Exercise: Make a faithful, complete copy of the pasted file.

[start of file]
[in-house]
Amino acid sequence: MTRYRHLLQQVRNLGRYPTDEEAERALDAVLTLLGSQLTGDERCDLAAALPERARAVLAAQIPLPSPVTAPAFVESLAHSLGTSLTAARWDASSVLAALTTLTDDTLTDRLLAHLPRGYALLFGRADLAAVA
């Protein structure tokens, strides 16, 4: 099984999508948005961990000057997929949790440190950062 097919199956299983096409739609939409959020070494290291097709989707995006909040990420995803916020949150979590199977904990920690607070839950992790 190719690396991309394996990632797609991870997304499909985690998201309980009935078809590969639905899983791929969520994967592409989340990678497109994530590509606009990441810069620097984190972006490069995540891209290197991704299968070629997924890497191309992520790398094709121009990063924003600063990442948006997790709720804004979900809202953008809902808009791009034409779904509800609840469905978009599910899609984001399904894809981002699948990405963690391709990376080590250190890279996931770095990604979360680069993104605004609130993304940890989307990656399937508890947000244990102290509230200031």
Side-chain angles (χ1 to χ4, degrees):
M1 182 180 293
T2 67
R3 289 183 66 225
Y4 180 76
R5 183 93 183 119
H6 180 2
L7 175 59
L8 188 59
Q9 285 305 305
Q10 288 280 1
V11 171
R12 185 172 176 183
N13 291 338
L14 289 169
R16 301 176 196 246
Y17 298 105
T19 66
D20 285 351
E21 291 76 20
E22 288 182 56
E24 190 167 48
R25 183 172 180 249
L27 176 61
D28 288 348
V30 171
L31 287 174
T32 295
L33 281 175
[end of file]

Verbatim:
[in-house]
Amino acid sequence: MTRYRHLLQQVRNLGRYPTDEEAERALDAVLTLLGSQLTGDERCDLAAALPERARAVLAAQIPLPSPVTAPAFVESLAHSLGTSLTAARWDASSVLAALTTLTDDTLTDRLLAHLPRGYALLFGRADLAAVA
């Protein structure tokens, strides 16, 4: 099984999508948005961990000057997929949790440190950062 097919199956299983096409739609939409959020070494290291097709989707995006909040990420995803916020949150979590199977904990920690607070839950992790 190719690396991309394996990632797609991870997304499909985690998201309980009935078809590969639905899983791929969520994967592409989340990678497109994530590509606009990441810069620097984190972006490069995540891209290197991704299968070629997924890497191309992520790398094709121009990063924003600063990442948006997790709720804004979900809202953008809902808009791009034409779904509800609840469905978009599910899609984001399904894809981002699948990405963690391709990376080590250190890279996931770095990604979360680069993104605004609130993304940890989307990656399937508890947000244990102290509230200031």
Side-chain angles (χ1 to χ4, degrees):
M1 182 180 293
T2 67
R3 289 183 66 225
Y4 180 76
R5 183 93 183 119
H6 180 2
L7 175 59
L8 188 59
Q9 285 305 305
Q10 288 280 1
V11 171
R12 185 172 176 183
N13 291 338
L14 289 169
R16 301 176 196 246
Y17 298 105
T19 66
D20 285 351
E21 291 76 20
E22 288 182 56
E24 190 167 48
R25 183 172 180 249
L27 176 61
D28 288 348
V30 171
L31 287 174
T32 295
L33 281 175